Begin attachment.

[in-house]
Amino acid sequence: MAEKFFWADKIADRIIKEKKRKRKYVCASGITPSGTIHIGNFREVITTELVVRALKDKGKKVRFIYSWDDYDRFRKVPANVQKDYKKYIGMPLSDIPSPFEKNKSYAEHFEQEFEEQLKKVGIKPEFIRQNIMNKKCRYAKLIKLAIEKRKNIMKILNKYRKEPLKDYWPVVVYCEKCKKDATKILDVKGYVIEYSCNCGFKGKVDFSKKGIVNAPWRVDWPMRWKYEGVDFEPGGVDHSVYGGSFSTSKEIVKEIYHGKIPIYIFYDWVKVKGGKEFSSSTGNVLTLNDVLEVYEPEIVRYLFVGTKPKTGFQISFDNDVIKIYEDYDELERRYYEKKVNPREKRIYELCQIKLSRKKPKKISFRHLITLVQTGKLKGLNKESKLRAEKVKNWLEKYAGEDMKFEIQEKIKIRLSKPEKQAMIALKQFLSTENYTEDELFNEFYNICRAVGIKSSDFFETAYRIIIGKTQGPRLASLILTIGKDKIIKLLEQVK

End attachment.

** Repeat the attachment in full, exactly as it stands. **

[in-house]
Amino acid sequence: MAEKFFWADKIADRIIKEKKRKRKYVCASGITPSGTIHIGNFREVITTELVVRALKDKGKKVRFIYSWDDYDRFRKVPANVQKDYKKYIGMPLSDIPSPFEKNKSYAEHFEQEFEEQLKKVGIKPEFIRQNIMNKKCRYAKLIKLAIEKRKNIMKILNKYRKEPLKDYWPVVVYCEKCKKDATKILDVKGYVIEYSCNCGFKGKVDFSKKGIVNAPWRVDWPMRWKYEGVDFEPGGVDHSVYGGSFSTSKEIVKEIYHGKIPIYIFYDWVKVKGGKEFSSSTGNVLTLNDVLEVYEPEIVRYLFVGTKPKTGFQISFDNDVIKIYEDYDELERRYYEKKVNPREKRIYELCQIKLSRKKPKKISFRHLITLVQTGKLKGLNKESKLRAEKVKNWLEKYAGEDMKFEIQEKIKIRLSKPEKQAMIALKQFLSTENYTEDELFNEFYNICRAVGIKSSDFFETAYRIIIGKTQGPRLASLILTIGKDKIIKLLEQVK